NEW MEDIA USE AS POLITICAL PARTICIPATION
Erik P. Bucy
University of Maryland
John E. Newhagen
University of Maryland
Erik P. Bucy
2806 Clear Shot Dr. #12
Silver Spring, MD 20906-6207
e-mail: [log in to unmask]
tel: (301) 598-4351
fax: (301) 405-0597
Manuscript accepted for inclusion in The Electronic Election: Perspectives on
1996 Campaign Communication
Lawrence Erlbaum (in press)
Submitted for presentation to the 1997 AEJMC Convention
Communication Theory & Methodology Division
March 31, 1997
Running head: New Media Use
NEW MEDIA USE AS POLITICAL PARTICIPATION
This paper reexamines the contention that mass media have been a
primary cause of the erosion of civic life and that increased media
reliance, especially on television, has led to a decrease in "social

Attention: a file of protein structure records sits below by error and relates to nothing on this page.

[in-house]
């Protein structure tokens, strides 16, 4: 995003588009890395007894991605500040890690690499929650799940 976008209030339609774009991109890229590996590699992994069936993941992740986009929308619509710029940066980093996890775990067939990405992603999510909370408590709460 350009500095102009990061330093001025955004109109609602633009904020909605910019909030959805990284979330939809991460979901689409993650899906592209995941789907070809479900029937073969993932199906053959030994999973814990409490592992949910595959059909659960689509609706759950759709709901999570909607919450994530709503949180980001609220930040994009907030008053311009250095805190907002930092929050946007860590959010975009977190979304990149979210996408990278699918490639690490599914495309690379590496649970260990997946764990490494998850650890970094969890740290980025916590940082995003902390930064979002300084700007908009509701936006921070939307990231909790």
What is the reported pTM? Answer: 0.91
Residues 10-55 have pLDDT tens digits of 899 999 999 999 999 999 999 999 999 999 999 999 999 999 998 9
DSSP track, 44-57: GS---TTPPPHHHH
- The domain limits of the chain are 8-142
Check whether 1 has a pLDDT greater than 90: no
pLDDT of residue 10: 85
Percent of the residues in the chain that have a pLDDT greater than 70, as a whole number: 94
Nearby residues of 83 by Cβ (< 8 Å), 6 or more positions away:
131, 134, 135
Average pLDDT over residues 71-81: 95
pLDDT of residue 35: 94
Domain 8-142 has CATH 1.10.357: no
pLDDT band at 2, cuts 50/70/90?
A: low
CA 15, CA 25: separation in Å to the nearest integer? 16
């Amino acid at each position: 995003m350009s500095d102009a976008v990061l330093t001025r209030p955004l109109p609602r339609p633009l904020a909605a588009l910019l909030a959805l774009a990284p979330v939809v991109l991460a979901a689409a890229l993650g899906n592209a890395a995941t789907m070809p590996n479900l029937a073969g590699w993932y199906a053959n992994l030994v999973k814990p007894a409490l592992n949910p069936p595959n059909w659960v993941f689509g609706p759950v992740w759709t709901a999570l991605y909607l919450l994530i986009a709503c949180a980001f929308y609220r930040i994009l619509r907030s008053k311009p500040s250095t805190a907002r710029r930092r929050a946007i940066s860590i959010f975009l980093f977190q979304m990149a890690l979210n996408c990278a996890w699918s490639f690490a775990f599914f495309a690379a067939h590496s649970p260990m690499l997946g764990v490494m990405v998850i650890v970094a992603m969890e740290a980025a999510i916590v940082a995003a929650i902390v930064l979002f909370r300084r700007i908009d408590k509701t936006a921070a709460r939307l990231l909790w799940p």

capital" or citizen engagement in community affairs. Data are
presented from two election-year surveys of suburban Maryland
residents showing that political audiences regard several forms of
"new media," including political talk radio, computer discussion
groups, and call-in television, as well as traditional network news,
as civically useful and politically important. Call-in shows in
particular predict a significant amount of interest in politics.
Consistent with these findings, the study concludes that use of the
new media, especially political talk shows and the Internet, is an
emergent form of civic participation for an increasing number of
voters. Rather than destroying civic life, as the social erosion
thesis maintains, certain media channels appear to be engaging the
electorate and building a new base of mediated civic activity that
may rival conventional forms of participation.
New Media Use as Political Participation
An enduring paradox of contemporary American democracy is the apparent